Health promotion in the workplace: Assessing stress and lifestyle with an intranet tool

Daniela Lucini, Nadia Solaro, Alessandro Lesma, Veronique Bernadette Gillet, Massimo Pagani

Research output: Contribution to journalArticlepeer-review


Background: Chronic noncommunicable conditions, particularly cardiovascular and metabolic diseases, are the major causes of death and morbidity in both industrialized and low- to middle-income countries. Recent epidemiological investigations suggest that management of lifestyle factors, such as stress and lack of physical activity, could have an important value in cardiometabolic conditions, while information technology tools could play a significant facilitatory role. Objectives: The objective of our study was to verify the feasibility of using a private website, directed to the workers of a major Italian company, to describe their health profile and lifestyle and work habits using an ad hoc self-administered questionnaire. Methods: We administered anonymous multiple choice Web-based questionnaires to 945 participants (683 completed the task) as part of an ongoing health promotion program in a multinational company. Qualitative and quantitative data were synthesized with nonlinear principal component analysis to construct indicators (ie, variables) for stress, control, and lifestyle domains. Considering in addition absenteeism, the Calinski-Harabasz statistic and cluster analysis jointly differentiated seven clusters, which displayed different distributions of standardized classification variables. The final step consisted in assessing the relationship of the resulting seven subject typologies with personal data, illnesses, and metabolic syndrome status, carried out for the most part with descriptive methods. Results: Statistical analyses singled out two not-overlapping domains of stress and control, as well as three not-overlapping domains of physical activity, smoking, and alcohol habits. The centroids of the seven clusters generated by the procedure were significantly (P <.001) different considering all possible 21 comparisons between couples of groups. Percentage distributions of variables describing personal information (gender, age group, work category, illness status, or metabolic syndrome) within participant typologies show some noteworthy findings: females, workers aged 35-44 years, junior white collar workers, and respondents reporting illness were more prevalent in the stress group than in the overall studied population; preclinical metabolic syndrome status was more prevalent in the group with higher alcohol consumption. Absentees reported more illness. Conclusions: The present Intranet-based study shows the potential of applying diverse statistical techniques to deal jointly with qualitative and quantitative self-reported data. The resulting formal description of subject typologies and their relationship with personal characteristics might provide a convenient tool for supporting health promotion in the work environment.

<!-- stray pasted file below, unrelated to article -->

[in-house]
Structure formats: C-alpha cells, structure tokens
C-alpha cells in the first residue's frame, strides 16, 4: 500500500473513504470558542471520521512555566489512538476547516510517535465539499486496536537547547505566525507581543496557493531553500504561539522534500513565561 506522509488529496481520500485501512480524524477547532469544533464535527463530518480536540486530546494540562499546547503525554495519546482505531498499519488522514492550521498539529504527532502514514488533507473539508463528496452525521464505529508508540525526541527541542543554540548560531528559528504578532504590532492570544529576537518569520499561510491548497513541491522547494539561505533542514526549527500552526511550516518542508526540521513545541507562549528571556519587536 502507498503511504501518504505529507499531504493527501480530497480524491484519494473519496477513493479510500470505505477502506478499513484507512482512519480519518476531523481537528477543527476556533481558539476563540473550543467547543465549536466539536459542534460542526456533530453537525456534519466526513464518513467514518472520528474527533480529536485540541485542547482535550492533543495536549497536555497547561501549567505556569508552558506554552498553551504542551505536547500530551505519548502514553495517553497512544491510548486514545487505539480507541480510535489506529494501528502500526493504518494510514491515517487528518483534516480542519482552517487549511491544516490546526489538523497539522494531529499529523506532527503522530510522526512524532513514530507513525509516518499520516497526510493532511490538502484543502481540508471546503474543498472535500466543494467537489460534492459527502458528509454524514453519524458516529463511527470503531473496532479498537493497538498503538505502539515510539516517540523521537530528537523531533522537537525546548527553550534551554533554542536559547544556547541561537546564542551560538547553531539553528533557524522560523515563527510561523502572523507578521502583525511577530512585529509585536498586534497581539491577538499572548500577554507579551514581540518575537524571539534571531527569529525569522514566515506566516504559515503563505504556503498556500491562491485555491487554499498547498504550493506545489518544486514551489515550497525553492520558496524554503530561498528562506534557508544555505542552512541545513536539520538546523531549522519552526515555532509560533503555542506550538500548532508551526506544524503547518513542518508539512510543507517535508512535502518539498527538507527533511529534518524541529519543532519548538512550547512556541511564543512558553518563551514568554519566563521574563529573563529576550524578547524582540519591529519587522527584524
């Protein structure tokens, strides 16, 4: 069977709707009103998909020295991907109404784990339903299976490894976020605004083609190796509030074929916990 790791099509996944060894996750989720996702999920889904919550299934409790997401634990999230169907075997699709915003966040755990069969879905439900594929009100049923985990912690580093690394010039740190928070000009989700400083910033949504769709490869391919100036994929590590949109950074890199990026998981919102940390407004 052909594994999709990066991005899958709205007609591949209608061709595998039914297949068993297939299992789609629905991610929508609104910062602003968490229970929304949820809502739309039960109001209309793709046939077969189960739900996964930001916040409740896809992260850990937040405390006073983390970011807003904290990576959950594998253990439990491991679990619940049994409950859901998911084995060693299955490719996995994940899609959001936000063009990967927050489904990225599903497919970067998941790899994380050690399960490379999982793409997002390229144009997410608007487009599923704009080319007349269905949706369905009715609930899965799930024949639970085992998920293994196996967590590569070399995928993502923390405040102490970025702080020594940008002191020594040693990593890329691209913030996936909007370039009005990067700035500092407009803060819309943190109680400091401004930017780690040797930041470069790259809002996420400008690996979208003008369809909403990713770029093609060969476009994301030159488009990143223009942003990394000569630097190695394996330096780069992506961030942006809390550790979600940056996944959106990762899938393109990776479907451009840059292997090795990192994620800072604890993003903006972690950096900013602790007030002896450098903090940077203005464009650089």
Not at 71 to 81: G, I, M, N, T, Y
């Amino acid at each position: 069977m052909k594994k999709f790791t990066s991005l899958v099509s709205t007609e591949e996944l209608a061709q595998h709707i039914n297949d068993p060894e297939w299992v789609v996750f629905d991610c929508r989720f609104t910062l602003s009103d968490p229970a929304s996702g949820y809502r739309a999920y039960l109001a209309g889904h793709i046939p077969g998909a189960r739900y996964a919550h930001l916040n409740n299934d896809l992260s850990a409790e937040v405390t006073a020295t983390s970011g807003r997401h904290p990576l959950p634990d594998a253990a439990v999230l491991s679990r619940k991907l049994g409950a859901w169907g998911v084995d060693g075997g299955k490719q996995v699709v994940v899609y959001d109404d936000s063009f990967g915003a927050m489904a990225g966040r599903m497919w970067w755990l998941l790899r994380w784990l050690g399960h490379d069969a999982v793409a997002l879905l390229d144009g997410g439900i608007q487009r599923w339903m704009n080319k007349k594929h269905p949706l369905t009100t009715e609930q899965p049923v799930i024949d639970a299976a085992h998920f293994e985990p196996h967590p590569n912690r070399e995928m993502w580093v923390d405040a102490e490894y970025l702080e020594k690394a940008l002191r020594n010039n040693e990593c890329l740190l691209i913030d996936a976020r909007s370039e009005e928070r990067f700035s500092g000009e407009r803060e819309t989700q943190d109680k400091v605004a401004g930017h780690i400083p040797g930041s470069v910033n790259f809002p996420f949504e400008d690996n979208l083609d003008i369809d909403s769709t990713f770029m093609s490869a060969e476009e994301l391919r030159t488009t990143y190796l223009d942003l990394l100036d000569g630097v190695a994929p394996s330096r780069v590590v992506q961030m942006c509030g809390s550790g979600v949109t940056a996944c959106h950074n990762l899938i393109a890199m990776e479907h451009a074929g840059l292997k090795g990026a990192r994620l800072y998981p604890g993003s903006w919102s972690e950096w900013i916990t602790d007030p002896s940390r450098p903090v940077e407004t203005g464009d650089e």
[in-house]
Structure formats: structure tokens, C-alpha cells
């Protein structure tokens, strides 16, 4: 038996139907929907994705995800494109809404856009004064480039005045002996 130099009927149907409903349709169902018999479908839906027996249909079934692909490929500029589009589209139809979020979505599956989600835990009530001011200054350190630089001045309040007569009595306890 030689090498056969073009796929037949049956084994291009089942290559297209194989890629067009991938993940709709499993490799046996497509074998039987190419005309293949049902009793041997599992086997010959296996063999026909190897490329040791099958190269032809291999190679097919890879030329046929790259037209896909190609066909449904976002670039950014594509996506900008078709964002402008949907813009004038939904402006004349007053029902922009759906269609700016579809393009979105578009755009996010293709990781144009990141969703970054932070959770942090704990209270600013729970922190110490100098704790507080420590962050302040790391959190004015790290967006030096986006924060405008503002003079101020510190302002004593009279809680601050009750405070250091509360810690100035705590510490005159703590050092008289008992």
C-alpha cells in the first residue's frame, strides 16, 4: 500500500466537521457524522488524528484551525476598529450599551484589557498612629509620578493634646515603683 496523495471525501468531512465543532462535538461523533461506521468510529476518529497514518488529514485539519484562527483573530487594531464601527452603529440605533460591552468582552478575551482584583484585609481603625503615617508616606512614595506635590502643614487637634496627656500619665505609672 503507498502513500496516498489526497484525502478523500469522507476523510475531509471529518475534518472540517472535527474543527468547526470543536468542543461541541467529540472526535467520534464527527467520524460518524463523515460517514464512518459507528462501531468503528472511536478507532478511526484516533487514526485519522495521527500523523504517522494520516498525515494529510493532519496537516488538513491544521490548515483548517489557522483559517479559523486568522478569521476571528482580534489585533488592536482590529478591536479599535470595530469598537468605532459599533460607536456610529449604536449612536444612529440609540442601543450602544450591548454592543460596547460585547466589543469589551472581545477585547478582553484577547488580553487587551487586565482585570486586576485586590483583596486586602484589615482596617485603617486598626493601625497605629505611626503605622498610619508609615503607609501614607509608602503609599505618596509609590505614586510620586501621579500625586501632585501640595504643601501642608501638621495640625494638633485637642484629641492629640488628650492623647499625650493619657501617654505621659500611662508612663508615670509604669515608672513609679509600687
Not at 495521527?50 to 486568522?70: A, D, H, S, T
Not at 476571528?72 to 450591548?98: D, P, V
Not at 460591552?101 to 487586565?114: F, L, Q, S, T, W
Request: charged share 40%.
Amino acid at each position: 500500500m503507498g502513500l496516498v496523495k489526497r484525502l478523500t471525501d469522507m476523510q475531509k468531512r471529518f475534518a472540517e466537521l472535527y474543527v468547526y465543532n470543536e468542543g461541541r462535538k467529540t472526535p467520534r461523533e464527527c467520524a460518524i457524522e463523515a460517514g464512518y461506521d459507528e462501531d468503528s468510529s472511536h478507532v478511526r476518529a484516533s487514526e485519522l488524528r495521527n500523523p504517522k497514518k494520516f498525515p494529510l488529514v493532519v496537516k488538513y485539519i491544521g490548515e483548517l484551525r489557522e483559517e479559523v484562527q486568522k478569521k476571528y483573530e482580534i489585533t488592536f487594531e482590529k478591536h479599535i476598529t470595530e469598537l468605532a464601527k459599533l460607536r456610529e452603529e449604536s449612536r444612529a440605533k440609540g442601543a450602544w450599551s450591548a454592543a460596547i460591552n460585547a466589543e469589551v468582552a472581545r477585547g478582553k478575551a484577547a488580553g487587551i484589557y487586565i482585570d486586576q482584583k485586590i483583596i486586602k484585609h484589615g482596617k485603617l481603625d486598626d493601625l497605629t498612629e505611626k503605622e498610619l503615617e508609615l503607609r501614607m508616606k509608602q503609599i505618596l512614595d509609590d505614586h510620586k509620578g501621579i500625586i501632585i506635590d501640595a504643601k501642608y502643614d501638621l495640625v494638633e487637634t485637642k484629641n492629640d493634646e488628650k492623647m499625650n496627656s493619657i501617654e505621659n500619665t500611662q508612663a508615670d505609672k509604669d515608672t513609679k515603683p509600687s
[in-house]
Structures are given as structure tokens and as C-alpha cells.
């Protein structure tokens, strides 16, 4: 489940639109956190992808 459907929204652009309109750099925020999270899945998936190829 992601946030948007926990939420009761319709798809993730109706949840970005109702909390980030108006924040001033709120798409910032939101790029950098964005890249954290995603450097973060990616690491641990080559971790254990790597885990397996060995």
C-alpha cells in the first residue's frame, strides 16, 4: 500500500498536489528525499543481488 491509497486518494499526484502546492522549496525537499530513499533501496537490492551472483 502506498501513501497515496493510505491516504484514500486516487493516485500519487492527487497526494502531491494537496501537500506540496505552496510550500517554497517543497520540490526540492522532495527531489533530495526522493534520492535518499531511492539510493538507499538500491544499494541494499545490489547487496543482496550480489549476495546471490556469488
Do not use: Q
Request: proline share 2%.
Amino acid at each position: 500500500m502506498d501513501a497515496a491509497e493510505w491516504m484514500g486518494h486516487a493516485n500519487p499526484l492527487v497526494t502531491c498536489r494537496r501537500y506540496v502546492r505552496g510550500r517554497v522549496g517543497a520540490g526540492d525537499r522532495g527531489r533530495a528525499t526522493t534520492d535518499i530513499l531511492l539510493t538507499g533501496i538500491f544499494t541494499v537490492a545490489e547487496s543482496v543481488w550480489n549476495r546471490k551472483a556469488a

Original languageEnglish
Article numbere88
JournalJournal of Medical Internet Research
Issue number4
Publication statusPublished - Oct 2011


  • Lifestyle
  • Prevention
  • Risk factor
  • Stress
  • Web-based questionnaire

ASJC Scopus subject areas

  • Health Informatics


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